“The existing net neutrality protections put Internet users in the driver’s seat and keep big cable and phone companies from controlling what you see and do online.”
In the face of attempts by the Trump administration to roll back recent net neutrality gains and hand the web over to large telecommunications companies, Open Internet advocates, civil rights groups, and thousands of websites are joining forces on Wednesday to participate in a national day of action to highlight the importance of preserving net neutrality.
“The polling shows that voters from across the political spectrum overwhelmingly agree we don’t want our cable companies to be able to censor us, charge us extra fees, or essentially be the editors-in-chief of the Internet.”
—Evan Greer, Fight for the Future
The efforts of activists—highlighted on the Battle for the Net Campaign’s official website, which outlines the various ways in which organizations plan to participate—have already drawn significant attention to an issue that too often remains on the outskirts of public debate.
“The Federal Communications Commission (FCC) docket for public comments on the existing net neutrality rules has already surpassed all records, with more than 5.6 million comments from individuals, organizations, companies and other interested parties—and many more to come as a result of Wednesday’s day of action,” noted Free Press, an Open Internet advocacy group, in a statement on Tuesday.
The Battle for the Net Campaign, Free Press notes, is just one part of a long-term effort to “save the internet from Trump and his cronies.”
Recent moves by the Trump administration have only served to intensify opposition efforts. Specifically, President Donald Trump’s decision to renominate FCC Chairman Ajit Pai—who, as Vice notes, “wants to abolish the 2015 FCC decision to regulate internet providers as utilities”—has alarmed supporters of net neutrality who have witnessed the Republican-controlled FCC move quickly to scale back regulations.
“The rules…generally require telecommunications companies that provide online access, such as AT&T Inc. and Comcast Corp., to treat all internet traffic the same and not slow or block some sites,” the Wall Street Journal explains.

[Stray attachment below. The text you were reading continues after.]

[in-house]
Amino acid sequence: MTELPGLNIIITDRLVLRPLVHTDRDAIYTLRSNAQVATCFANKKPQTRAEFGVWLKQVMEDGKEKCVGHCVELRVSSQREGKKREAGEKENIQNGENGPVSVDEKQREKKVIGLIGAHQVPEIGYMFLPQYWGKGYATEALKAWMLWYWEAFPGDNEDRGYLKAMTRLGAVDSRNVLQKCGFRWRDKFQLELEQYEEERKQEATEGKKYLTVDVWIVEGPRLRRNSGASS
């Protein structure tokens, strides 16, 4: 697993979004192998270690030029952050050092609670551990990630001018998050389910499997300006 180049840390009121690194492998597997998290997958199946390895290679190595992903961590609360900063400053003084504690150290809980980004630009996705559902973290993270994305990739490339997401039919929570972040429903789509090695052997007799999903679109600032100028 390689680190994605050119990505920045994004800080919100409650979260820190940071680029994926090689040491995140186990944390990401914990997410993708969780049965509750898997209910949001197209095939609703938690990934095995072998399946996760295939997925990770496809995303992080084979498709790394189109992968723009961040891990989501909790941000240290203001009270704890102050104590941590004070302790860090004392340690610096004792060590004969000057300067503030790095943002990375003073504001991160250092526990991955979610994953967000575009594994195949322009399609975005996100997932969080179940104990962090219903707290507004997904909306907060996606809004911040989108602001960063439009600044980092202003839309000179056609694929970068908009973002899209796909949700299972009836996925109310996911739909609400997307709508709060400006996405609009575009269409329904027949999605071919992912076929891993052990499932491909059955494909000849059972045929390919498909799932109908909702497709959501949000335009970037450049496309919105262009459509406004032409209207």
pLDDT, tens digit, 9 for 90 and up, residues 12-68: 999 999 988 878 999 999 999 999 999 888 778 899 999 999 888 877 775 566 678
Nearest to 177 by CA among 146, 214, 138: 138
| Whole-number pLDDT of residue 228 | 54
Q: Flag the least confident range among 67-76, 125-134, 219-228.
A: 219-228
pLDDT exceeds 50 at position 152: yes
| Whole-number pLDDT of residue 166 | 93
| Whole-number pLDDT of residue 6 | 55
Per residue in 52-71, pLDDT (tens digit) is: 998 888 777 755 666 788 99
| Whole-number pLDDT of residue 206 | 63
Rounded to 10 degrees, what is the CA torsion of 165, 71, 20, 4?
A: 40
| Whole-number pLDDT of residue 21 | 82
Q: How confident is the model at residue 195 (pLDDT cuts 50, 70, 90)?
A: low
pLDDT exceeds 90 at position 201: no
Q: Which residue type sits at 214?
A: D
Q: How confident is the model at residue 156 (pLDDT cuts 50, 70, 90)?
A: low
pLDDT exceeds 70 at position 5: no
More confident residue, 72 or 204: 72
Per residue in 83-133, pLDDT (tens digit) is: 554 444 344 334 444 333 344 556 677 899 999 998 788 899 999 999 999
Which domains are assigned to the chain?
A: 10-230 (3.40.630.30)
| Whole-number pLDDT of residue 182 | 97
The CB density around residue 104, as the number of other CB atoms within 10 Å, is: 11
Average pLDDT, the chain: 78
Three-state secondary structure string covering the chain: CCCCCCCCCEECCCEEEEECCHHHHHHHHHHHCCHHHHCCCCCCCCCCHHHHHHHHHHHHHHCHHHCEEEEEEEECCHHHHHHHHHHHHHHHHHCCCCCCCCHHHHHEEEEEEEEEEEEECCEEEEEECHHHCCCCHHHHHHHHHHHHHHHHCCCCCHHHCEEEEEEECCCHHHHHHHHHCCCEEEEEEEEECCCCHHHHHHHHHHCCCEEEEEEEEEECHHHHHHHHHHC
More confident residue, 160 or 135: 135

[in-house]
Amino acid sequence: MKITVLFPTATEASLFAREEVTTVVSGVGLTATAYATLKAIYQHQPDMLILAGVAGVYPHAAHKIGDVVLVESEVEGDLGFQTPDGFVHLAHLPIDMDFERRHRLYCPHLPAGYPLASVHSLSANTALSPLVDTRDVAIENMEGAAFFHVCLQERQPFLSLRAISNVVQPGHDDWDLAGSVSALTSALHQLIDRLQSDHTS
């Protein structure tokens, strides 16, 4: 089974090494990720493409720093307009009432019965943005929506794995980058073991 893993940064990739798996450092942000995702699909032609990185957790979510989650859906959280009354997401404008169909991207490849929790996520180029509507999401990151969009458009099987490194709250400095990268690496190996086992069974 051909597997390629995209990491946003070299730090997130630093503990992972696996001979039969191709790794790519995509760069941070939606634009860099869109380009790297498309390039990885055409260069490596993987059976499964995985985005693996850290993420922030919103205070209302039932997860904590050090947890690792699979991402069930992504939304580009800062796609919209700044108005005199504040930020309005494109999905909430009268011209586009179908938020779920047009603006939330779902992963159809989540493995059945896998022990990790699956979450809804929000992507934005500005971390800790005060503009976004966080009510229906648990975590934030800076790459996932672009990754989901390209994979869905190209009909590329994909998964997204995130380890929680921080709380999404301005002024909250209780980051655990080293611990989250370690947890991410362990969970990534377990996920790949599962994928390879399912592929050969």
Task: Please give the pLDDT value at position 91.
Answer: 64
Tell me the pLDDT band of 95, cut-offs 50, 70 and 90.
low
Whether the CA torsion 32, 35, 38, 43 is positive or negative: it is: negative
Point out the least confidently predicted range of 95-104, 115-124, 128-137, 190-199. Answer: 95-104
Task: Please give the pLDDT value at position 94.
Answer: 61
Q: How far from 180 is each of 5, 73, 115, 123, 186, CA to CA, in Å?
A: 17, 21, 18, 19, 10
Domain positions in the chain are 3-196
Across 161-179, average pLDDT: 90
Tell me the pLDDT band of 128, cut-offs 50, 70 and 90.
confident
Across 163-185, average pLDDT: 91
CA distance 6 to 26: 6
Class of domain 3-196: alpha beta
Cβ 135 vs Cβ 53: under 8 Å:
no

Candace Clement, action fund campaign director for Free Press, argues that eliminating these regulations would effectively allow Comcast and other telecommunications giants to dominate the Internet for financial gain while limiting the freedom and privacy of consumers.
“The existing net neutrality protections put Internet users in the driver’s seat and keep big cable and phone companies from controlling what you see and do online,” Clement said in a statement. “That’s why millions of people support Title II: It prevents these companies from charging us pricey tolls to access the online content we want—and from throttling, blocking or discriminating against the apps, websites and services of our choosing.”
In an interview with Democracy Now!, Evan Greer, campaign director of Fight for the Future, called net neutrality “the First Amendment of the Internet” and argued that the struggle to preserve it is “the free speech fight of our generation.”
“The polling shows that voters from across the political spectrum—Democrats, independents, Republicans, doesn’t matter—overwhelmingly agree we don’t want our cable companies to be able to censor us, charge us extra fees, or essentially be the editors-in-chief of the Internet,” Greer concluded. “So, this is why it’s so important that people use these tools, speak out, show up at their member of Congress’s offices and make this an issue that they know they will be burned by if they burn their constituents.”
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